We read every day about how companies are transforming their businesses through technologies like artificial intelligence, machine learning, robotics and the Internet of Things. But are these gains achievable across industries? Can a hospital, for instance, really see the same benefits from these technologies as, say, an automotive manufacturer?
Microsoft’s new Industry Experience Center (IEC), which opened last month in Redmond, Washington, aims to answer that question – with a resounding yes. The 23,000-square-foot center showcases 60 fascinating, real-world examples of customers and partners that are innovating their businesses and disrupting markets with Microsoft technologies.
An optical sorter shows how Bühler, one of the world’s largest providers of food processing solutions, is using visual AI to sort out poisonous corn, protecting consumers and increasing production efficiency.
A short distance away, a drone from eSmart Systems buzzes above, dramatically illustrating how machine learning is allowing public utilities to spot problems with power poles without sending a technician out, helping them reduce costs and ensure the safety of their workers.
In the grocery aisle, IoT-enabled displays from Kroger illuminate dynamic pricing and product information based on what the customer touches and looks at on the shelf. Visual analytics automatically alert store staff when an item is out of stock or running low.
“We often talk about technology and services that drive digital transformation, but the IEC is a chance for customers to interact with them firsthand,” says Deb Cupp, CVP of Worldwide Enterprise and Commercial Industries at Microsoft. “These are immersive experiences that demonstrate how companies are digitally transforming, and how our customers and partners are using these solutions to drive disruption in their industries.”
Technology at work in the real world
Each interactive exhibit allows visitors to get hands-on with the technologies and explore how they are being used across industries to drive innovation. Experiences are focused on nine key industries: Retail and Consumer Goods, Financial Services, Education, Government, Health Care, Automotive, Manufacturing, Energy and Media and Communications.
That doesn’t mean a health care company, for instance, will only be guided through health care experiences in the IEC. Instead, Microsoft’s team of full-time “envisioning specialists” take each customer on a customized journey through the most relevant technology solutions for their unique business – no matter what the industry.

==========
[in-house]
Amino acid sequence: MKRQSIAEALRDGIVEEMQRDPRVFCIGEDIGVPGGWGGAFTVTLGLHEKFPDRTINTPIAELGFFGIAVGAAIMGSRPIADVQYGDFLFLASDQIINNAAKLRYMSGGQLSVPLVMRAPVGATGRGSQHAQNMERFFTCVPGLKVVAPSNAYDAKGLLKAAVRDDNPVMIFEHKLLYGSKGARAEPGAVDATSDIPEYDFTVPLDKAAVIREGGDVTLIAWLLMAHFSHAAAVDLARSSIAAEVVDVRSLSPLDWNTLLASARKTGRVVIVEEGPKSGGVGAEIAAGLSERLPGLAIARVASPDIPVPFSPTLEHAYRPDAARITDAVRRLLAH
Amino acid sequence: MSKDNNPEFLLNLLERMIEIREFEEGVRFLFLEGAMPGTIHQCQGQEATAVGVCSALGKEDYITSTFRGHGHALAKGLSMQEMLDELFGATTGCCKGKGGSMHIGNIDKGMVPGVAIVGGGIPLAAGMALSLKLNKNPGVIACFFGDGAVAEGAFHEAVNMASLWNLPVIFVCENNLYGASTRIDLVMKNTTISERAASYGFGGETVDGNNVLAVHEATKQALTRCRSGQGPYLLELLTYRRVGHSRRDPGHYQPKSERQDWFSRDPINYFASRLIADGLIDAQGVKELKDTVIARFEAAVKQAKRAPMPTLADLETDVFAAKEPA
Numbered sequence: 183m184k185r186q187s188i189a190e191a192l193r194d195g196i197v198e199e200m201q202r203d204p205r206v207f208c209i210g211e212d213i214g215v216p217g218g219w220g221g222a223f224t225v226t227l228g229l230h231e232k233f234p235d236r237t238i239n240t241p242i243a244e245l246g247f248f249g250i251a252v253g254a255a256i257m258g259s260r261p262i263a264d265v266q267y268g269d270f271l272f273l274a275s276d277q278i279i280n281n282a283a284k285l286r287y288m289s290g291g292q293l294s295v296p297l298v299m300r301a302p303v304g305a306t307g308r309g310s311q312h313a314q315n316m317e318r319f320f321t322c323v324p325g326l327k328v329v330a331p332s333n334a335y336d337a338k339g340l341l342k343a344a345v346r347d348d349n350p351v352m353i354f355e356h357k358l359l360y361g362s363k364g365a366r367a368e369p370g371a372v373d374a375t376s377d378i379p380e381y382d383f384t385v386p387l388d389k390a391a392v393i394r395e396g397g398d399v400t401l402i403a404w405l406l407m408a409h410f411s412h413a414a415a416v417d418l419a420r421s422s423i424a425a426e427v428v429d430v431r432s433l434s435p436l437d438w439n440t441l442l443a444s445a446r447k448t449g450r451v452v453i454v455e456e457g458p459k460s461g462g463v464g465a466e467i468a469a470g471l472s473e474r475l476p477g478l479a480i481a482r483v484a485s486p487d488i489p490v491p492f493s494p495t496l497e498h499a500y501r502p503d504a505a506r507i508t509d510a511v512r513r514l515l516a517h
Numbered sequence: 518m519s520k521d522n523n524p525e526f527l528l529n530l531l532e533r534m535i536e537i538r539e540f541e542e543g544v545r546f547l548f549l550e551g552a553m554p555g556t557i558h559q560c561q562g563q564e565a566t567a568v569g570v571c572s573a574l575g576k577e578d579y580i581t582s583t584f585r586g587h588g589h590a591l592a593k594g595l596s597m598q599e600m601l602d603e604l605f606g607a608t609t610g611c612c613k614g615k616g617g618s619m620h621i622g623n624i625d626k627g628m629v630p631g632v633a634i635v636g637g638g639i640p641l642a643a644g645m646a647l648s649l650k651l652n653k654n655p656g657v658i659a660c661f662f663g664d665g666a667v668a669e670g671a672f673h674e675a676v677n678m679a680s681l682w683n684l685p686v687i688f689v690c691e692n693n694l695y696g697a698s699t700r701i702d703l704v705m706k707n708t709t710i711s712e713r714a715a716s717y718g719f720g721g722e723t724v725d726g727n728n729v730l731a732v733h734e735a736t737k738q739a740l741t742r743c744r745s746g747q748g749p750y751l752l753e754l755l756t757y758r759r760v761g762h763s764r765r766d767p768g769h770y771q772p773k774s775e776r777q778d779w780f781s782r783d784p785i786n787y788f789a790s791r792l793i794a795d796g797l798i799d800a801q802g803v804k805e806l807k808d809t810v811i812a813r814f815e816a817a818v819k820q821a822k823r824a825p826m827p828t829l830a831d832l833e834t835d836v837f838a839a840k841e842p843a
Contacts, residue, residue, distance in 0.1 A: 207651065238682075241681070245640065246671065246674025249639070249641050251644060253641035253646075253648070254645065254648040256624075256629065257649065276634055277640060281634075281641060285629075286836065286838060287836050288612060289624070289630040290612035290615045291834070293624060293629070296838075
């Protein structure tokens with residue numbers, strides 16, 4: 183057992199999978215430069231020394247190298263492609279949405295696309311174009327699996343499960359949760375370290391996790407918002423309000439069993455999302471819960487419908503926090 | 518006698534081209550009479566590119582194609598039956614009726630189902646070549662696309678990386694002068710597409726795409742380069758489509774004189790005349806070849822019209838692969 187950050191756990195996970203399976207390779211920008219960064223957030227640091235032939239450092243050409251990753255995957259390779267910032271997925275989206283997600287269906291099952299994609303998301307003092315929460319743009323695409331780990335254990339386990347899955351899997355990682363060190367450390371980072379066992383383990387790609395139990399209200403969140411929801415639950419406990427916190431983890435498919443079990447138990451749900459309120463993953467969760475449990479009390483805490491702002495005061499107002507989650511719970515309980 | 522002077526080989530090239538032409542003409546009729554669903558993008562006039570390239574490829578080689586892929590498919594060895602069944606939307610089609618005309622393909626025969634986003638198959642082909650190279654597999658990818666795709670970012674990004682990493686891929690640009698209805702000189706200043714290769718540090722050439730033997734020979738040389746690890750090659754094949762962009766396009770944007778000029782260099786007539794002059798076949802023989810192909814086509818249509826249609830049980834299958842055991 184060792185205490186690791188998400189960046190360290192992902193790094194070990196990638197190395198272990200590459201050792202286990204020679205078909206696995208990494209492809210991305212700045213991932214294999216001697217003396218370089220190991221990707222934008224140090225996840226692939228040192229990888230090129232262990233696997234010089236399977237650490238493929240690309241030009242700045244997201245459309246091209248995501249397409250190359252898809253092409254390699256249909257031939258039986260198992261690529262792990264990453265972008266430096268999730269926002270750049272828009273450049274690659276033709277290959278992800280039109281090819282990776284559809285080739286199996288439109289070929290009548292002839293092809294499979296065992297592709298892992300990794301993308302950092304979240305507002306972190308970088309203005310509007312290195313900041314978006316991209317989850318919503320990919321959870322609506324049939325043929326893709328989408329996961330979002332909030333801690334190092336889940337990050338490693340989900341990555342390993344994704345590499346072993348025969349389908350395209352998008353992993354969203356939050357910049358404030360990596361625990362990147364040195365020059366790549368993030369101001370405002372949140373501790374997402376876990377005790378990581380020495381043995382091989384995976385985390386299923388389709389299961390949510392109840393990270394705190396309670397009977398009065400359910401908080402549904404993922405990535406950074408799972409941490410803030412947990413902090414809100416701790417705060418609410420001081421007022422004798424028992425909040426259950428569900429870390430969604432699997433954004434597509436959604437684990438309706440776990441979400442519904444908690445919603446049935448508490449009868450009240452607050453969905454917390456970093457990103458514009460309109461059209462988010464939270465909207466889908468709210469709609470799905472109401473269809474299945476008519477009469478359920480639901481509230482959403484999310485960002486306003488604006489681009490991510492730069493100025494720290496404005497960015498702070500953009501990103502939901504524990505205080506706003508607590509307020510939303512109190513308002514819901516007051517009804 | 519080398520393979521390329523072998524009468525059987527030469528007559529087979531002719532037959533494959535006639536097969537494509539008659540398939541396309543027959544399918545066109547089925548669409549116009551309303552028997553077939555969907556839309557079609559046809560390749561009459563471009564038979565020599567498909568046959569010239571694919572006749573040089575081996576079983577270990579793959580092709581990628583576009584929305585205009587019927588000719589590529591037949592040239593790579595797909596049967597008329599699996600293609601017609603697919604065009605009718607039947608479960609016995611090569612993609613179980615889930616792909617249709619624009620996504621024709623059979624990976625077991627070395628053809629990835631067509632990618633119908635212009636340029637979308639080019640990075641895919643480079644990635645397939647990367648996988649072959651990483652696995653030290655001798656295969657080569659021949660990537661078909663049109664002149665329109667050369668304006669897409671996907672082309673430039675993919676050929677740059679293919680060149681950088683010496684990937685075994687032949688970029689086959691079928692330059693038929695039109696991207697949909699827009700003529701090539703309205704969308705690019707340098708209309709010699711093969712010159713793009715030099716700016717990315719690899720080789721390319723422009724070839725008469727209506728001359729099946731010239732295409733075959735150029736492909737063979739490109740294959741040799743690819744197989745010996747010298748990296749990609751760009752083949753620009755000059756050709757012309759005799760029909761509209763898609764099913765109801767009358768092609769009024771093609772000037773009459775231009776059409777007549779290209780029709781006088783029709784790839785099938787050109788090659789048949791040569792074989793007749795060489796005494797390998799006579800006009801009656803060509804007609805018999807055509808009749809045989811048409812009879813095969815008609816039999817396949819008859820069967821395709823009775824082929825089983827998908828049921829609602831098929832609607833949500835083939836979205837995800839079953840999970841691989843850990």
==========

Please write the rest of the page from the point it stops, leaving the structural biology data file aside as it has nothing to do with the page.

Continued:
RFID wristbands from partner Thuzi – which every visitor gets upon starting their engagement – add to the personalized experience. As customers walk through the center, if they see an exhibit they want to learn more about, they simply tap their wristband against a “puck” on the exhibit wall. They then receive an email with a link to a customized microsite with more information, designed just for them.
Cupp says, “Engagements are tailored to each individual customer and designed to spark creative ideation, inspired conversations and new opportunities. With the IEC, customers can get up close and personal with innovative technologies applied across industries so they can envision what’s possible by partnering with Microsoft.”
A showcase for industry innovation
The IEC sits in the same building in what has been, for the last 10 years, the Retail Experience Center. But late last year, the company decided to expand the center to a cross-industry offering to demonstrate the application and breadth of its technology across verticals.
Today, the IEC features everything from first-party Microsoft technologies to solutions created by startups, large global companies and everything in between. Microsoft’s Mixed Reality Capture Studios has installed a state-of-the-art volumetric stage at the IEC where visitors can get a souvenir hologram.
“We’re lighting up innovation by industry across a wide variety of customers and partners all over the globe,” says Cupp.